Directed by: Jon Favreau
Written by: Mark Fergus & Hawk Ostby and Art Marcum & Matt Holloway
Full Credits from IMDb
For an ostensible action picture, Iron Man, the latest in the ongoing string of comic book superhero adaptations, features little fighting, chasing or exploding until its third act. That’s fine, I’m all for character-driven summer blockbusters—if only that were Iron Man.
Despite boasting four screenwriters—and, according to Wikipedia, a rewrite from a fifth—including one of the writing teams that helped pen the aughties’ hitherto masterpiece, Children of Men, Iron Man operates on “flick of the switch” character development: sure, characters change—Robert Downey, Jr., as the eponymous metal warrior, readjusts his worldview and Gwyneth Paltrow, as his librarian-type love interest, switches up her hairstyle—but only because it’s narratively expedient or passably conventional. Jeff Bridges is a good guy and then he’s a bad guy. (With that shaved-head-and-beard combo, as well as the character name “Obadiah Stane,” who would’ve guessed?) Paltrow is frumpy and then she’s sexy. Just take the filmmakers’ word for it.
And yet, I did. How is Iron Man so engaging when it’s so conspicuously sloppy? Director Favreau’s sly sense of humor helps, as does Bridges’ supervillainary gusto, but the film lives or dies on Downey’s performance; it’s his sardonic charm, his success in keeping us captivated, especially during the small-scale, human moments—flirting with Paltrow, shooting the shit with Shaun Toub while holed up in an Afghanistan cave, or interacting with his dog-like, quasi-sentient robotic assistant—that saves the film from descending into Daredevil depths.
Downey plays Tony Stark, the man beneath the iron suit, as a gambler, a drunk, a womanizer, a cad, a playboy, a manufacturer of WMDs and an avid art collector with no knowledge of art history. In short, he is Americanness at its worst—its wealth, power, irresponsibility and arrogant disregard—taken to absurdity and then personified. (He is introduced to us early on not only as a scientific genius but also as an “American patriot”.) Iron Man opens in the Afghanistan desert to the ringing chords and hot licks of “Back in Black” because for Downey, sipping Scotch in a war zone, the War on Terror is a gas, a rocking affair on the rocks. That is, until Afghan fighters fire rockets he designed at his car and point guns he made at his face.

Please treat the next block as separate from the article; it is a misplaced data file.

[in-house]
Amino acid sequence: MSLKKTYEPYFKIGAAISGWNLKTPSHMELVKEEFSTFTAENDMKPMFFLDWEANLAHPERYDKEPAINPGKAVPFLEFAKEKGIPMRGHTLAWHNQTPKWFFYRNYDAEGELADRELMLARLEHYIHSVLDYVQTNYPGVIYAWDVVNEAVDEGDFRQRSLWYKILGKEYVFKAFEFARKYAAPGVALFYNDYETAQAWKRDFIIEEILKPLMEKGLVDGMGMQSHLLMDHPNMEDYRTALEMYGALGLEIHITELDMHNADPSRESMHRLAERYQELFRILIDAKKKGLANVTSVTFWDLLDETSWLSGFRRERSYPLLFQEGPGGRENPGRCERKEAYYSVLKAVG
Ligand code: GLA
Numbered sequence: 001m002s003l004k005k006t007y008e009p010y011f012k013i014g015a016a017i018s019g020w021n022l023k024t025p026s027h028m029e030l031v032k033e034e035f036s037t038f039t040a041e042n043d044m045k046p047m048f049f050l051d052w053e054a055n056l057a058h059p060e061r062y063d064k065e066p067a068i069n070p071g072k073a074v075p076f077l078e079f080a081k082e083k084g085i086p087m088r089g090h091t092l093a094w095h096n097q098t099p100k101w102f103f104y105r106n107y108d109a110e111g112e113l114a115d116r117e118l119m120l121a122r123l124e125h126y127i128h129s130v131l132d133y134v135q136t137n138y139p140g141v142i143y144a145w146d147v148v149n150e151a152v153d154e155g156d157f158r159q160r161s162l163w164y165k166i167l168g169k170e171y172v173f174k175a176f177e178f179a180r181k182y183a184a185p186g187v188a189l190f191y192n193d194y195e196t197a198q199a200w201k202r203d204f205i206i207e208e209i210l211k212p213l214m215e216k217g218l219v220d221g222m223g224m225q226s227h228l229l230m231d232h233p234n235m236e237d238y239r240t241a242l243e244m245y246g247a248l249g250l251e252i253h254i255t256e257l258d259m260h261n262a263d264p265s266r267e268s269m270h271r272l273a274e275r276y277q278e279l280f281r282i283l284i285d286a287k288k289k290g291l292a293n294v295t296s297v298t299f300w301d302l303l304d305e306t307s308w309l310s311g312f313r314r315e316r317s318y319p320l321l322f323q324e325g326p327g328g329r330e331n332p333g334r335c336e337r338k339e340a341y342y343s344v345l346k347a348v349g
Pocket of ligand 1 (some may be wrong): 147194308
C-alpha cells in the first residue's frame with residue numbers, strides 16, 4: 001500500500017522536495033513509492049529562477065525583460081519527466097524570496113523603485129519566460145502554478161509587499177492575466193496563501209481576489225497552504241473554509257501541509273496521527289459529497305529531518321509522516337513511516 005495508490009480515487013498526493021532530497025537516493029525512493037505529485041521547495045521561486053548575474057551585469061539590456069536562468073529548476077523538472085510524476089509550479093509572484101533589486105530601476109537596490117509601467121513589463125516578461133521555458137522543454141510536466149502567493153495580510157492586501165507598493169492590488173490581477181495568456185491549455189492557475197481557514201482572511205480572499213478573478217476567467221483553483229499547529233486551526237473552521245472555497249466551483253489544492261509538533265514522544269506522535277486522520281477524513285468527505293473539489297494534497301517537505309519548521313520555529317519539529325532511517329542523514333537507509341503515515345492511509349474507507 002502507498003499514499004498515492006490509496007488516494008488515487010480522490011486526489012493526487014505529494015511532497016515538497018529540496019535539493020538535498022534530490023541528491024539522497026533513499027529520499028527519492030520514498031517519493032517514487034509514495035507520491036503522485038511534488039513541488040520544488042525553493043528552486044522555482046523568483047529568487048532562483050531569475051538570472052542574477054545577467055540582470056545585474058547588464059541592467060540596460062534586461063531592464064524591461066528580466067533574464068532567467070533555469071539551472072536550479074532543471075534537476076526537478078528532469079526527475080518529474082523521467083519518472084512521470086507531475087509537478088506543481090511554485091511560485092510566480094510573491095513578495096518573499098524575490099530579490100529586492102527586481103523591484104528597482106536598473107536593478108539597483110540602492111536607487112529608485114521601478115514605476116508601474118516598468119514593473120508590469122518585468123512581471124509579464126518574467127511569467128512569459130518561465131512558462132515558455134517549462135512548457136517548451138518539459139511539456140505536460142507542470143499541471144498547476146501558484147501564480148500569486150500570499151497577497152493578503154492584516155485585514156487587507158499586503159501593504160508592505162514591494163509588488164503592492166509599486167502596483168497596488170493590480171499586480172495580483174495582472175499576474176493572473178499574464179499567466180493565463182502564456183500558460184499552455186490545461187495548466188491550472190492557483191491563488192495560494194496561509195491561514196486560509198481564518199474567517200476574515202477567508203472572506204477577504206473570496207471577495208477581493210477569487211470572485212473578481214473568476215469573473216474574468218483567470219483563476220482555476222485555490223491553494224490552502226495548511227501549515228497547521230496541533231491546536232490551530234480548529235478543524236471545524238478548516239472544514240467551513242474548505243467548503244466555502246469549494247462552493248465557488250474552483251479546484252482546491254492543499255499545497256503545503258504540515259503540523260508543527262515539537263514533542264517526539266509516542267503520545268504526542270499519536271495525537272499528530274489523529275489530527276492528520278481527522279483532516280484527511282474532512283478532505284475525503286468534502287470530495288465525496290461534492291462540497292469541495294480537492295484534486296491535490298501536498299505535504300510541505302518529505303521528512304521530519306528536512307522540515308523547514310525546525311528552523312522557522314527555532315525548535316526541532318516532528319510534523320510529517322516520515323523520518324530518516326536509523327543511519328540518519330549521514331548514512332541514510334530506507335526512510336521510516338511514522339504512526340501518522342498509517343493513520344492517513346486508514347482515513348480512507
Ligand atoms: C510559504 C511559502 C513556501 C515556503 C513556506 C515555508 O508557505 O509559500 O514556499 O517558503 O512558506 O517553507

Downey is taken hostage but, before he’s forced to build the terrorists any weapons that could be turned on Americans, he breaks out of his three-month-long captivity in a scene that serves as an excessive revenge fantasy in which Downey, in a crude prototype of the Iron Man suit, sets a score of Afghans on fire. (America? Fuck yeah.) When he gets back to the States, he informs his handlers not only that he wants a cheeseburger—he wants a motherfuckin American cheeseburger.
That ingested, Downey tells a room full of reporters that his time in an Afghan cave has changed him and that he will no longer be manufacturing weapons. (Afterwards, many of his friends, like Terrence Howard, spurn him, as though he registered Democrat.) The first thing Downey does after that is get to work on building a new weapon, the suit that will turn him from a man of flesh into a Man of Steel, er, Iron. I’ve read a handful of reviews that claim Iron Man is a work of pacifism, a sly, liberalist attack on the military-industrial complex smuggled into multiplexes. But such a reading is superficial.
The problem, for Downey, is not that he once made weapons, but that he lost control over those weapons and allowed them to fall into the “wrong hands”—the hands of Afghans. The villain in Iron Man is neither war nor weaponry; it’s terrorists and colluding American corporations. How to defeat them? With a literal American fighting machine—a lone wolf, the John Wayne archetype. Fight fire with fire! Make peace at the end of a muzzle! No allies necessary! At this point in The War on Terror, such filmmaking is irresponsible. Iron Man’s problems extend beyond a poor script—it’s downright immoral.
Watch the trailer: